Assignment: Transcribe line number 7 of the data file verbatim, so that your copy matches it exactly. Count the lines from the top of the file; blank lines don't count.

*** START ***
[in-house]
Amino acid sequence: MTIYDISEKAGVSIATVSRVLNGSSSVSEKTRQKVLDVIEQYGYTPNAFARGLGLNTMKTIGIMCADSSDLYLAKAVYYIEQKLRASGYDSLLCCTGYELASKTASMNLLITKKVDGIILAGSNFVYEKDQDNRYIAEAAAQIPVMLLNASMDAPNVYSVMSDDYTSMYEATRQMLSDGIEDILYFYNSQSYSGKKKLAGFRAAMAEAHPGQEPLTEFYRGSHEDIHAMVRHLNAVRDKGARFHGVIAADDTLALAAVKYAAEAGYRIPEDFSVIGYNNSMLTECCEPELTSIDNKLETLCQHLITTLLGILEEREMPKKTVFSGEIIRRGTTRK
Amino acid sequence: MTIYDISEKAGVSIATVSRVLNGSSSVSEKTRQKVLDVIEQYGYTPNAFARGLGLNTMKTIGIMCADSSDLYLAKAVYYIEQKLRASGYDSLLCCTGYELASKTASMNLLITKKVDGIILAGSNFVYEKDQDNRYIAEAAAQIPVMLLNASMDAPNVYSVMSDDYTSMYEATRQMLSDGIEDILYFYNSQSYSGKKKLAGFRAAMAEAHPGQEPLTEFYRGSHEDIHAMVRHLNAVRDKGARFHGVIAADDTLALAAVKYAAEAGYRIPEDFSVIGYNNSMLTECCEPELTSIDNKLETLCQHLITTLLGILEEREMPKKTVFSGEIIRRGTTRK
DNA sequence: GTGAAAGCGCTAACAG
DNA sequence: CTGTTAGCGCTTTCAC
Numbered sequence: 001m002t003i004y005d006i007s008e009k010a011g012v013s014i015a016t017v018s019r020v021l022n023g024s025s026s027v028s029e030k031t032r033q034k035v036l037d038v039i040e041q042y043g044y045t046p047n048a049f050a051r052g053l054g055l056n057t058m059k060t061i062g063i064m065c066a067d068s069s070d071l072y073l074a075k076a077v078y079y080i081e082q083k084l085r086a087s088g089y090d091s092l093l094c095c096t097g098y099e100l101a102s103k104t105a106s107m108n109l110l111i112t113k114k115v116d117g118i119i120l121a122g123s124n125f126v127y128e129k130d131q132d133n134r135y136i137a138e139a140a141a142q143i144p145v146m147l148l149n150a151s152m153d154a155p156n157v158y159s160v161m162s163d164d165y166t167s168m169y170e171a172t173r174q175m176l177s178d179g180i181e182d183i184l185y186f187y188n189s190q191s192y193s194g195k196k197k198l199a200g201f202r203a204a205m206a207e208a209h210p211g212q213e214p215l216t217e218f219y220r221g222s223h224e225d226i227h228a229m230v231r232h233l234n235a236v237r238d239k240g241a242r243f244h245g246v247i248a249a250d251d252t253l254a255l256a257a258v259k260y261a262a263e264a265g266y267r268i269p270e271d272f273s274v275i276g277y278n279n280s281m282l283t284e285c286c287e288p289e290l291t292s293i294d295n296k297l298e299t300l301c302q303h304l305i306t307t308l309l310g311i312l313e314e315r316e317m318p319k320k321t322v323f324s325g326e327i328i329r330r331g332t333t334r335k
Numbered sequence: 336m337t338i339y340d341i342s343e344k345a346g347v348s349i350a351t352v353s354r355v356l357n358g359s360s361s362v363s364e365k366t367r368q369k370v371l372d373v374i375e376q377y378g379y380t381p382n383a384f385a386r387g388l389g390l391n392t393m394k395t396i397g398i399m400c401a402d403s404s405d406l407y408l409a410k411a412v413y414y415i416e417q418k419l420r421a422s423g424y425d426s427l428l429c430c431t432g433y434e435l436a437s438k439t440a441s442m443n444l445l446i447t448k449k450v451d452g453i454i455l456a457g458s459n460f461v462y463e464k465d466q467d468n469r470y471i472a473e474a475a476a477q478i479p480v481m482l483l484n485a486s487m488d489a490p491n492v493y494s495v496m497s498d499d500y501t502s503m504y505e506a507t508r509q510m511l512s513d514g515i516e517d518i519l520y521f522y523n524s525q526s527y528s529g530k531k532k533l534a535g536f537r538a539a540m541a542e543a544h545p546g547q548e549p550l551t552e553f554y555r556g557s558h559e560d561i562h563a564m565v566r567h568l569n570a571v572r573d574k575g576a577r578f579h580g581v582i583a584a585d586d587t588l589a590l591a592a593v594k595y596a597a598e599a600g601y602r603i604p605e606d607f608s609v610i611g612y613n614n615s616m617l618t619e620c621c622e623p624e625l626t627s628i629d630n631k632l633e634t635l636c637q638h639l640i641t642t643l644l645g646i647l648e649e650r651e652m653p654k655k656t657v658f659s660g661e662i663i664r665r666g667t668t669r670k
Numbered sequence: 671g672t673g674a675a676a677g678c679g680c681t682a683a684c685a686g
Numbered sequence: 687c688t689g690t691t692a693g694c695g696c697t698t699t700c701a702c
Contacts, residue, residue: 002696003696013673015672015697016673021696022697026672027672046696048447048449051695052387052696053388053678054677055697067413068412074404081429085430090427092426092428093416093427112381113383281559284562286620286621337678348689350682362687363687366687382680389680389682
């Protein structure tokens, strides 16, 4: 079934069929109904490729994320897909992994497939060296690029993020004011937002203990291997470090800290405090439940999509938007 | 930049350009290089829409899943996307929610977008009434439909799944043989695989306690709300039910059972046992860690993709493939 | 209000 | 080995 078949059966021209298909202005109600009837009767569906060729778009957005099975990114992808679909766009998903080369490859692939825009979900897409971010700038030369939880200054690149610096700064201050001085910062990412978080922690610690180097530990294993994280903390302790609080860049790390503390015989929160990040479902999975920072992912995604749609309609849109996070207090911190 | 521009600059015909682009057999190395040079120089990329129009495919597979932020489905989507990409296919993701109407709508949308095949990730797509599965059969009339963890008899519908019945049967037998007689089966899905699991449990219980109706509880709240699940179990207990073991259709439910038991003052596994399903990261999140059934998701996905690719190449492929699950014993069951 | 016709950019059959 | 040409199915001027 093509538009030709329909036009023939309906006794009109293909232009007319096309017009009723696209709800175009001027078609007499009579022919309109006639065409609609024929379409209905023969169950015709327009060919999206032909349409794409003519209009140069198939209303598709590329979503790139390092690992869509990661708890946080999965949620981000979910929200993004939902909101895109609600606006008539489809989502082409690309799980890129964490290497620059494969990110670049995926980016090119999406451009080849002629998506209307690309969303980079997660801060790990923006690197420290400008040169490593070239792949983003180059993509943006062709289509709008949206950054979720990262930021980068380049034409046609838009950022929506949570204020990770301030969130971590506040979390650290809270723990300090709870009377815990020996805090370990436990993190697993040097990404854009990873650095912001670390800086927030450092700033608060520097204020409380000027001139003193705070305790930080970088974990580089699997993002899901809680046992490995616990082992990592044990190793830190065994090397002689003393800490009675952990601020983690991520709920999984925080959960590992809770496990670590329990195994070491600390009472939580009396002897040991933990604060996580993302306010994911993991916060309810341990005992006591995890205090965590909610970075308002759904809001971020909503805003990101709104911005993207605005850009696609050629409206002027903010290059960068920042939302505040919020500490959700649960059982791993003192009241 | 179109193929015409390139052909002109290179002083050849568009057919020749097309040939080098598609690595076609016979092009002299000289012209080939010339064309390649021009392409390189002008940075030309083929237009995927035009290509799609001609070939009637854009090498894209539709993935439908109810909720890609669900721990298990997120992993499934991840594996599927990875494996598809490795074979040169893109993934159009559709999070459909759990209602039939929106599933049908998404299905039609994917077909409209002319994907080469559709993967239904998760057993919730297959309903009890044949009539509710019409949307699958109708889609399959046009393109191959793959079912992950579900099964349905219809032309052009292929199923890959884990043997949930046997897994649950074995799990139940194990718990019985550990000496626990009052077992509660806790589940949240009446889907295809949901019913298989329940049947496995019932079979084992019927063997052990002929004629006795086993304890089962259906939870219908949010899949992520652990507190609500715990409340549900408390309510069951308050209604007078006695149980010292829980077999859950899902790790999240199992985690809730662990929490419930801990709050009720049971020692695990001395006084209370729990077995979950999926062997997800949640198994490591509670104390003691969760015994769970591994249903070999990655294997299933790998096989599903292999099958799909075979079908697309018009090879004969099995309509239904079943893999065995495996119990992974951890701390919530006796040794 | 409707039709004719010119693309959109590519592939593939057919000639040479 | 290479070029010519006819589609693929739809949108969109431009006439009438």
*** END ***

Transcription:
Numbered sequence: 336m337t338i339y340d341i342s343e344k345a346g347v348s349i350a351t352v353s354r355v356l357n358g359s360s361s362v363s364e365k366t367r368q369k370v371l372d373v374i375e376q377y378g379y380t381p382n383a384f385a386r387g388l389g390l391n392t393m394k395t396i397g398i399m400c401a402d403s404s405d406l407y408l409a410k411a412v413y414y415i416e417q418k419l420r421a422s423g424y425d426s427l428l429c430c431t432g433y434e435l436a437s438k439t440a441s442m443n444l445l446i447t448k449k450v451d452g453i454i455l456a457g458s459n460f461v462y463e464k465d466q467d468n469r470y471i472a473e474a475a476a477q478i479p480v481m482l483l484n485a486s487m488d489a490p491n492v493y494s495v496m497s498d499d500y501t502s503m504y505e506a507t508r509q510m511l512s513d514g515i516e517d518i519l520y521f522y523n524s525q526s527y528s529g530k531k532k533l534a535g536f537r538a539a540m541a542e543a544h545p546g547q548e549p550l551t552e553f554y555r556g557s558h559e560d561i562h563a564m565v566r567h568l569n570a571v572r573d574k575g576a577r578f579h580g581v582i583a584a585d586d587t588l589a590l591a592a593v594k595y596a597a598e599a600g601y602r603i604p605e606d607f608s609v610i611g612y613n614n615s616m617l618t619e620c621c622e623p624e625l626t627s628i629d630n631k632l633e634t635l636c637q638h639l640i641t642t643l644l645g646i647l648e649e650r651e652m653p654k655k656t657v658f659s660g661e662i663i664r665r666g667t668t669r670k